Conference Paper

# State convergence and the effectiveness of time-memory-data tradeoffs.

DOI: 10.1109/ISIAS.2011.6122801 Conference: 7th International Conference on Information Assurance and Security, IAS 2011, Melacca, Malaysia, December 5-8, 2011

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Ed Dawson, Oct 03, 2015 Available from: Data provided are for informational purposes only. Although carefully collected, accuracy cannot be guaranteed. The impact factor represents a rough estimation of the journal's impact factor and does not reflect the actual current impact factor. Publisher conditions are provided by RoMEO. Differing provisions from the publisher's actual policy or licence agreement may be applicable.

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**ABSTRACT:**Time-Memory Tradeoff (TMTO) attacks on stream ciphers are a serious security threat and the resistance to this class of attacks is an important criterion in the design of a modern stream cipher. TMTO attacks are especially effective against stream ciphers where a variant of the TMTO attack can make use of multiple data to reduce the off-line and the on-line time complexities of the attack (given a fixed amount of memory). In this paper we present a new approach to TMTO attacks against stream ciphers using a publicly known initial value (IV): We suggest not to treat the IV as part of the secret key material (as done in current attacks), but rather to choose in advance some IVs and apply a TMTO attack to streams produced using these IVs. We show that while the obtained tradeoff curve is identical to the curve obtained by the current approach, the new technique allows to mount the TMTO attack in a larger variety of settings. For example, if both the secret key and the IV are of length n, it is possible to mount an attack with data, time, and memory complex- ities of 24n/5, while in the current approach, either the time complexity or the memory complexity is not less than 2n. We conclude that if the IV length of a stream cipher is less than 1.5 times the key length, there exists an attack on the cipher with data, time, and memory complexities less than the complexity of exhaustive key search.Information Processing Letters 08/2008; 107(5):133-137. DOI:10.1016/j.ipl.2008.01.011 · 0.55 Impact Factor - [Show abstract] [Hide abstract]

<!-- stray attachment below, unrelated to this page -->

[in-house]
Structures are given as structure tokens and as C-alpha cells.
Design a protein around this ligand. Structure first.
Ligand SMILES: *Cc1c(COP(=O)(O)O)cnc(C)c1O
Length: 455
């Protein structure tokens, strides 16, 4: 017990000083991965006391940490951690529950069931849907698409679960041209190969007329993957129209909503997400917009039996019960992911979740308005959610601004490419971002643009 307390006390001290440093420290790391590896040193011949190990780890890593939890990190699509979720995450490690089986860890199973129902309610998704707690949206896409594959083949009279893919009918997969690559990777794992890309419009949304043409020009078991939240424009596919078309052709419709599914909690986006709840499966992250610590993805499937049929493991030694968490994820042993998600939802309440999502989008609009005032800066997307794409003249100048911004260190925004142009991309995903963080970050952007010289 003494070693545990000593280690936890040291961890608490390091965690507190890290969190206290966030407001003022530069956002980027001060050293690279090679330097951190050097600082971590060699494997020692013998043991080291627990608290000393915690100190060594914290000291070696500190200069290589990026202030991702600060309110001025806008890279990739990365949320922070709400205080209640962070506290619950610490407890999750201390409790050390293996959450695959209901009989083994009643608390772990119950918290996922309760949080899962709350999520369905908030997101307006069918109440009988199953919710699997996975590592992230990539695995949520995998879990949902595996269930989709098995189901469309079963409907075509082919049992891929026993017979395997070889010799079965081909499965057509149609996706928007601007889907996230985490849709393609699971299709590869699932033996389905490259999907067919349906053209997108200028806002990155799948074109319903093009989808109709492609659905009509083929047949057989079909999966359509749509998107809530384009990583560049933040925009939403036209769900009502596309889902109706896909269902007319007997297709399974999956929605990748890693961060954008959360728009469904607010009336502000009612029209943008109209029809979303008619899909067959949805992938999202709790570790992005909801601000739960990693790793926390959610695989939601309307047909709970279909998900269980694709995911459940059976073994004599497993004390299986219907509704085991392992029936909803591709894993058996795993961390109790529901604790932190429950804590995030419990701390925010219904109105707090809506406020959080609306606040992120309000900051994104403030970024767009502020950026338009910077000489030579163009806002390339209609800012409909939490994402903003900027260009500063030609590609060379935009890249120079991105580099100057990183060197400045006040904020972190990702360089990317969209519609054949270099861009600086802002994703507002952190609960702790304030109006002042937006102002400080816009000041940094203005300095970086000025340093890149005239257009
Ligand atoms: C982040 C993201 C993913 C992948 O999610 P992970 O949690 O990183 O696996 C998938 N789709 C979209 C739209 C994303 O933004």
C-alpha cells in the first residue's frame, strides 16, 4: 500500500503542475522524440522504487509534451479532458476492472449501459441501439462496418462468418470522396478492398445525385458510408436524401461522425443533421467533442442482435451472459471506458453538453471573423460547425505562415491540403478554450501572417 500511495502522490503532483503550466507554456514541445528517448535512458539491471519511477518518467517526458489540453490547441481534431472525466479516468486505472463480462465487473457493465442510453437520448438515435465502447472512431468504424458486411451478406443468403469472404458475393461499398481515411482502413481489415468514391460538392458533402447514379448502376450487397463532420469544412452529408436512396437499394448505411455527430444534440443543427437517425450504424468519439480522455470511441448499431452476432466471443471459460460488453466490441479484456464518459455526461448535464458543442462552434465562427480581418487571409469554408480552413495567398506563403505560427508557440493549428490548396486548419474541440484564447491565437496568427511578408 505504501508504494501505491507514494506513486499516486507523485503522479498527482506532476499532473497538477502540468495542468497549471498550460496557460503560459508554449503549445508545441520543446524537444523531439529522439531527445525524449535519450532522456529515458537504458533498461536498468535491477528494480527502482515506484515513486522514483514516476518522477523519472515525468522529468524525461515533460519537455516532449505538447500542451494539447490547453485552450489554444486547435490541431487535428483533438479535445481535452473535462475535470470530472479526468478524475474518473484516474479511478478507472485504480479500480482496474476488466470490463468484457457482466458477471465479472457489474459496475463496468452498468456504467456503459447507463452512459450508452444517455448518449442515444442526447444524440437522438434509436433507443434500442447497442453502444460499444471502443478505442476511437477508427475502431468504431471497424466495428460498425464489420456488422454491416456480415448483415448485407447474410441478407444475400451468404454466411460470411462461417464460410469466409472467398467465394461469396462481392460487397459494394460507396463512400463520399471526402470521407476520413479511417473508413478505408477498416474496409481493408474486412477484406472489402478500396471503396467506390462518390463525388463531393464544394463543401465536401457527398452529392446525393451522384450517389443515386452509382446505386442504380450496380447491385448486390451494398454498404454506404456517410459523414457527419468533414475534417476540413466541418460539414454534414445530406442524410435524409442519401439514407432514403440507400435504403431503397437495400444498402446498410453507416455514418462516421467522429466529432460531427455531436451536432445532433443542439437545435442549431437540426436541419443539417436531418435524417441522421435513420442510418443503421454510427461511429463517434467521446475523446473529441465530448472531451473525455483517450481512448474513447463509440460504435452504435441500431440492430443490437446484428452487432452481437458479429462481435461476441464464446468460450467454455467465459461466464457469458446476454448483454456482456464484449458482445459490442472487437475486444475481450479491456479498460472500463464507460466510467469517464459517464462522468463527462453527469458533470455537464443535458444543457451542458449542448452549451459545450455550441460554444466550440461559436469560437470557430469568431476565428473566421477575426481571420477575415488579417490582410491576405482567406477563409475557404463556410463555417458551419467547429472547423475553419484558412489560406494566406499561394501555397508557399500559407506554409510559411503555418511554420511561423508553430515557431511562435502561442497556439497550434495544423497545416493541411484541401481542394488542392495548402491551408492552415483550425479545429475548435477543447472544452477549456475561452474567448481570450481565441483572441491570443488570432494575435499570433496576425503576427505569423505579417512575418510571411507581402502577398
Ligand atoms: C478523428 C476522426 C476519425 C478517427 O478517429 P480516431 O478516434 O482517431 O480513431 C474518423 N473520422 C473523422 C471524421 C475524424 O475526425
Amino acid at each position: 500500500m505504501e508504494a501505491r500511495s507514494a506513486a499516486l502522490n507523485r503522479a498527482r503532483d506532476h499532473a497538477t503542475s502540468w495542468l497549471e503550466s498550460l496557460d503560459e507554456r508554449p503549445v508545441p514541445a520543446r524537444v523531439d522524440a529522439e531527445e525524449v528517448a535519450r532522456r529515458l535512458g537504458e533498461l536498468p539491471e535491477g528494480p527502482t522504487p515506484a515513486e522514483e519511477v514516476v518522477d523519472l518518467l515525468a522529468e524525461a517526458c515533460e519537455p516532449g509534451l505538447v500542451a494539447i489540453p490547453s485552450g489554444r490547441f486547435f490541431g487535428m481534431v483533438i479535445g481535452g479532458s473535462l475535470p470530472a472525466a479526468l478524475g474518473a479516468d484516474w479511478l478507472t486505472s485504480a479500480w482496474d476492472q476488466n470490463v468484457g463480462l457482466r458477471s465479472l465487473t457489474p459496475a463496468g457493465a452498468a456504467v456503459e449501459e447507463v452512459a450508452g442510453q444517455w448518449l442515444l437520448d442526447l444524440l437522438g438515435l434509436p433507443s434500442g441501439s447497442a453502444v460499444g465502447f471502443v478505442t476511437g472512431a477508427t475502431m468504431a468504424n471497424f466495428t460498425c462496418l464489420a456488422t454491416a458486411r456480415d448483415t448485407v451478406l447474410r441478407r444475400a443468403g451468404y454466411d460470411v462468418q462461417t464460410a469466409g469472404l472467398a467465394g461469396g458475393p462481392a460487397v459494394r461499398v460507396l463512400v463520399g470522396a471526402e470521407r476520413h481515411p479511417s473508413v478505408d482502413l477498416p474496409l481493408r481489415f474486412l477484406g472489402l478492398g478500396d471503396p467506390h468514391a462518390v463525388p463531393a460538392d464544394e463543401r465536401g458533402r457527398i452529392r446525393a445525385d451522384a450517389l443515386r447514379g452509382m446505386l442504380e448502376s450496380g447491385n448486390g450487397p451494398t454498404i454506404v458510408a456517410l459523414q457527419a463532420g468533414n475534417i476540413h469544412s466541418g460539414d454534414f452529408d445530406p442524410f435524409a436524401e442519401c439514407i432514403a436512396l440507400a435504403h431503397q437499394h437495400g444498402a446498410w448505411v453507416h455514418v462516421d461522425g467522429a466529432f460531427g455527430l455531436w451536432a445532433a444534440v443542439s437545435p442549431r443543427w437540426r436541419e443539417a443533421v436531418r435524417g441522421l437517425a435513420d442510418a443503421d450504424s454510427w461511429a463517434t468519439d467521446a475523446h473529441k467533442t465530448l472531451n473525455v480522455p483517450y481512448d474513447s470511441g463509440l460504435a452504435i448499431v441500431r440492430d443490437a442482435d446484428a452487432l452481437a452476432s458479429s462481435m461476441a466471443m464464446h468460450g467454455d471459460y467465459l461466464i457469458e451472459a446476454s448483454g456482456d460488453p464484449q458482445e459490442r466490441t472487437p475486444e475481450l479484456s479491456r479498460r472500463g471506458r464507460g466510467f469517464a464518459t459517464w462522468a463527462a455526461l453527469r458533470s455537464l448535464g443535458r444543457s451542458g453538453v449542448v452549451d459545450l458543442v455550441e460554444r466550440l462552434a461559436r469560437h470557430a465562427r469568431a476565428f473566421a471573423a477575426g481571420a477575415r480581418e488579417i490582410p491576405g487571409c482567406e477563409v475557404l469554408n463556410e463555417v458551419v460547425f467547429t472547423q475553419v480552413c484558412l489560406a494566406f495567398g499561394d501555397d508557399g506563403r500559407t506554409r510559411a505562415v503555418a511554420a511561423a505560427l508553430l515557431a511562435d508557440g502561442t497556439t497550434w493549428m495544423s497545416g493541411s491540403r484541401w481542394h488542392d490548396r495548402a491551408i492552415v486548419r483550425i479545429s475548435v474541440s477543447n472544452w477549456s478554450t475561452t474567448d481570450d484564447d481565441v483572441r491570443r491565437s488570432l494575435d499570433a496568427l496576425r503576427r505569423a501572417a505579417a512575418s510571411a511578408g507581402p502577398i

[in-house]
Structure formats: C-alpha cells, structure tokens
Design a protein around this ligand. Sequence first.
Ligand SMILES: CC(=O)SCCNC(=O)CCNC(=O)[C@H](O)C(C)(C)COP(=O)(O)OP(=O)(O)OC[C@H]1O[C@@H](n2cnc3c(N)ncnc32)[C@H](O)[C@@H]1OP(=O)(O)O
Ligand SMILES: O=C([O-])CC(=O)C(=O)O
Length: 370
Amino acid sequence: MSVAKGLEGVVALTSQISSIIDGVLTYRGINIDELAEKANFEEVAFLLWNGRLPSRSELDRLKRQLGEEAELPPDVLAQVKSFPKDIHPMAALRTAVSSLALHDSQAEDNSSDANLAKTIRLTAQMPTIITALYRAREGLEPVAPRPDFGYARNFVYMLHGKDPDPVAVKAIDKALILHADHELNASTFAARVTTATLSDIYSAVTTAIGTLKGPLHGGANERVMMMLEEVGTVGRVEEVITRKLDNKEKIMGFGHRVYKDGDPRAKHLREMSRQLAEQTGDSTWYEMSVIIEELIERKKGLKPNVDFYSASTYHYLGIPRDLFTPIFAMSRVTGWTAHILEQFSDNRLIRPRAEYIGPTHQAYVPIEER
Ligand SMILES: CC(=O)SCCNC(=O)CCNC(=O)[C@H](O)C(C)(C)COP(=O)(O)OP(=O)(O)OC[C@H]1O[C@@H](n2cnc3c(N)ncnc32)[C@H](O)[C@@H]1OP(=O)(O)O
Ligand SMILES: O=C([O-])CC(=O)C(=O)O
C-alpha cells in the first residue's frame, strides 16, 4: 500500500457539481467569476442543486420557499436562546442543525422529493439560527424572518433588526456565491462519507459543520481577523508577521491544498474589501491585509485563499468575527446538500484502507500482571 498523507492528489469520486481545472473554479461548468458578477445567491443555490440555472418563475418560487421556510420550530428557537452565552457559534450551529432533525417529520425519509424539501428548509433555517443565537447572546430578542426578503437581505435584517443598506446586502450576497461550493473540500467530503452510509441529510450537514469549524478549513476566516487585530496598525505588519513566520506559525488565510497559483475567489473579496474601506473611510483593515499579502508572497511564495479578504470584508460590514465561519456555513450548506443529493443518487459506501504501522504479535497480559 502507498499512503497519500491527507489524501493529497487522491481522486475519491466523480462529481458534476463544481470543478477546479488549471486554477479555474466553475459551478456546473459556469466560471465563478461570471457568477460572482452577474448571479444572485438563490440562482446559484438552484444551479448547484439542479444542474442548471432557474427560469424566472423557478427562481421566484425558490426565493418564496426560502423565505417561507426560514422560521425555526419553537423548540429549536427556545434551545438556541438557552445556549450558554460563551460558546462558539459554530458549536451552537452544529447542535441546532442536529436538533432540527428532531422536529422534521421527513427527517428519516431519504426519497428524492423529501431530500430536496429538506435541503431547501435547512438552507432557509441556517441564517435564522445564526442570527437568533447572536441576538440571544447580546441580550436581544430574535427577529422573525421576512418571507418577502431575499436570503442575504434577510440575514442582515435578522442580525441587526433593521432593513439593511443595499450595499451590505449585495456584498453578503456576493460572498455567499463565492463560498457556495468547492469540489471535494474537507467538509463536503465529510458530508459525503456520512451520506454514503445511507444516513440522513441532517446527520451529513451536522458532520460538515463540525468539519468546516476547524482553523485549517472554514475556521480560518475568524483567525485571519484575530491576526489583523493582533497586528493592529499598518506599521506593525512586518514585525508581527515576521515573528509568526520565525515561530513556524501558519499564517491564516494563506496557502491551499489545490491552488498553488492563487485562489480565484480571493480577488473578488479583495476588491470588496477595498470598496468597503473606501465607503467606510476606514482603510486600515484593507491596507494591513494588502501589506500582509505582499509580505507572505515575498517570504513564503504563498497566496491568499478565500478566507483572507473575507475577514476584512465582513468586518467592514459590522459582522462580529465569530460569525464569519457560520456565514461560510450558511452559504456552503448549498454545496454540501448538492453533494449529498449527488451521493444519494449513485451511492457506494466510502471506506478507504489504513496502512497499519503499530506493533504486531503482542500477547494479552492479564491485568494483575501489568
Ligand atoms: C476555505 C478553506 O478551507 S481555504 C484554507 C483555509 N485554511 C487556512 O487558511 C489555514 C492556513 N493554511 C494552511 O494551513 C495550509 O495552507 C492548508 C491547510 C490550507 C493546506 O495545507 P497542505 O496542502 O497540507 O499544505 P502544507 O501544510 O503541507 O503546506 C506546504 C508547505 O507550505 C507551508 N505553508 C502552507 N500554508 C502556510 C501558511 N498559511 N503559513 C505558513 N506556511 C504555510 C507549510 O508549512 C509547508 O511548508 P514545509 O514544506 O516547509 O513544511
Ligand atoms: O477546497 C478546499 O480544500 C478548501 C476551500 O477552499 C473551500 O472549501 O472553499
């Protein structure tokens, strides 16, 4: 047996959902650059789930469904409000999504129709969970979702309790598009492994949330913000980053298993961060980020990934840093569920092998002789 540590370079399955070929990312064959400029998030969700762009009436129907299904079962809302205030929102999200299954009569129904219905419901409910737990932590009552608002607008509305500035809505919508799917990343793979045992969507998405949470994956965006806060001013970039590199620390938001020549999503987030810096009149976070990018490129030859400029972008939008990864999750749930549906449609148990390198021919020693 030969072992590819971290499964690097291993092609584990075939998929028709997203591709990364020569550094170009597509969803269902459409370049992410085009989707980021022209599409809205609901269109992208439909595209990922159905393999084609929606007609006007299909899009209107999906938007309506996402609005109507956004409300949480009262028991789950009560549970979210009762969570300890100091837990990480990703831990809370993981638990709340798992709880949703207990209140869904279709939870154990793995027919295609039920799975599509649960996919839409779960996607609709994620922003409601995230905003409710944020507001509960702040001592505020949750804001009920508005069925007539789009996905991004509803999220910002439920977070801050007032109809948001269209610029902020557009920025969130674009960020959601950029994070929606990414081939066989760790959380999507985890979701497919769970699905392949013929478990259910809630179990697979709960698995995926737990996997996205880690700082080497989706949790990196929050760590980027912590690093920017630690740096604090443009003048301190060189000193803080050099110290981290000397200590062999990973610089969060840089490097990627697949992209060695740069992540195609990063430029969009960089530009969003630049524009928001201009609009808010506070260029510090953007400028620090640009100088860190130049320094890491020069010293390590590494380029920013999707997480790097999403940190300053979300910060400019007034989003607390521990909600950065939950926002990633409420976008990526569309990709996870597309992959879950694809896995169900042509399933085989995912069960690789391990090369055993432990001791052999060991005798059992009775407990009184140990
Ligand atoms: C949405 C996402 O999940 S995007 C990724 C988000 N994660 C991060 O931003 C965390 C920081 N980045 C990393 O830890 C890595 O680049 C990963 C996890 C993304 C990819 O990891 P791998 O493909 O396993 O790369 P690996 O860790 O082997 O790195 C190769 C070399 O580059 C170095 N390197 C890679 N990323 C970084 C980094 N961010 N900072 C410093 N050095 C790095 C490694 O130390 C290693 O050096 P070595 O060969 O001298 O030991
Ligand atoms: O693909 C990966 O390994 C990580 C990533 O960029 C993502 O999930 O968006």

**ABSTRACT:**A binary stream cipher consisting of three short linear-feedback shift registers (LFSRs) of total length 64 that are mutually clocked in the stop/go manner is cryptanalyzed in the known keystream sequence scenario. To reconstruct the internal state candidates at a known time from about 64 known keystream bits, two algorithms are developed. One is based on guessing a number of elements of the clock-control sequence and has a computational complexity of about 2<sup>40</sup> steps, where the average step complexity is comparable to the step complexity of the exhaustive search method. The other exploits a time-memory tradeoff based on the well-known birthday paradox and is successful if approximately T·M⩾2<sup>64</sup>, where T is the required computational time in table lookups and M is the memory in 64-bit words. As the state-transition function is not one-to-one, to recover the initial state from the internal state candidates, two algorithms are introduced. One consists in guessing the number of clocks for each of the LFSRs. The other consists in the reversion of the internal states and is based on the theory of critical and subcritical branching processesIEEE Transactions on Information Theory 06/2000; DOI:10.1109/18.841189 · 2.33 Impact Factor -
##### Conference Paper: State Convergence in the Initialisation of Stream Ciphers.

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**ABSTRACT:**An initialisation process is a key component in modern stream cipher design. A well-designed initialisation process should ensure that each key-IV pair generates a different keystream. In this paper, we analyse two ciphers, A5/1 and Mixer, for which this does not happen due to state convergence. We show how the state convergence problem occurs and estimate the effective key-space in each case.Information Security and Privacy - 16th Australasian Conference, ACISP 2011, Melbourne, Australia, July 11-13, 2011. Proceedings; 01/2011